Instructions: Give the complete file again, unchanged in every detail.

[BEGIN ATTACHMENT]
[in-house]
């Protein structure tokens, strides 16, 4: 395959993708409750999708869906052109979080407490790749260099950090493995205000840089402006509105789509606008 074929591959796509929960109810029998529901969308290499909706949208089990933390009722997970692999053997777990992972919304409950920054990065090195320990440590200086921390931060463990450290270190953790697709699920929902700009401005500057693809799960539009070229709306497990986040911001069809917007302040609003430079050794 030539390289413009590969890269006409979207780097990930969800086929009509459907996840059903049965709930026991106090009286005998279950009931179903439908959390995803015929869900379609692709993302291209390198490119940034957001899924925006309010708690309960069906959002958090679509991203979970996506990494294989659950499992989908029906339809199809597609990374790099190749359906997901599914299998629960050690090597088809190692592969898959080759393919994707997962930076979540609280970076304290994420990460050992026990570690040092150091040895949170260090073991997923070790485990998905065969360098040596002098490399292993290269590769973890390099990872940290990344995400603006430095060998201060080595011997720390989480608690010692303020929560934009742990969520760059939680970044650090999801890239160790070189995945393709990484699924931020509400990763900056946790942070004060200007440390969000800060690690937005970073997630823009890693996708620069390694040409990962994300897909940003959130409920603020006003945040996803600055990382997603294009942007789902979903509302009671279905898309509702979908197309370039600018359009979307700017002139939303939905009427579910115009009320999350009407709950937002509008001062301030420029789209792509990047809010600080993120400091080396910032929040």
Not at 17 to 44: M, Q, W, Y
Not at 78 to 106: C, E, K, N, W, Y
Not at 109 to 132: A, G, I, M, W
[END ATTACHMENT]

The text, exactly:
[in-house]
């Protein structure tokens, strides 16, 4: 395959993708409750999708869906052109979080407490790749260099950090493995205000840089402006509105789509606008 074929591959796509929960109810029998529901969308290499909706949208089990933390009722997970692999053997777990992972919304409950920054990065090195320990440590200086921390931060463990450290270190953790697709699920929902700009401005500057693809799960539009070229709306497990986040911001069809917007302040609003430079050794 030539390289413009590969890269006409979207780097990930969800086929009509459907996840059903049965709930026991106090009286005998279950009931179903439908959390995803015929869900379609692709993302291209390198490119940034957001899924925006309010708690309960069906959002958090679509991203979970996506990494294989659950499992989908029906339809199809597609990374790099190749359906997901599914299998629960050690090597088809190692592969898959080759393919994707997962930076979540609280970076304290994420990460050992026990570690040092150091040895949170260090073991997923070790485990998905065969360098040596002098490399292993290269590769973890390099990872940290990344995400603006430095060998201060080595011997720390989480608690010692303020929560934009742990969520760059939680970044650090999801890239160790070189995945393709990484699924931020509400990763900056946790942070004060200007440390969000800060690690937005970073997630823009890693996708620069390694040409990962994300897909940003959130409920603020006003945040996803600055990382997603294009942007789902979903509302009671279905898309509702979908197309370039600018359009979307700017002139939303939905009427579910115009009320999350009407709950937002509008001062301030420029789209792509990047809010600080993120400091080396910032929040």
Not at 17 to 44: M, Q, W, Y
Not at 78 to 106: C, E, K, N, W, Y
Not at 109 to 132: A, G, I, M, W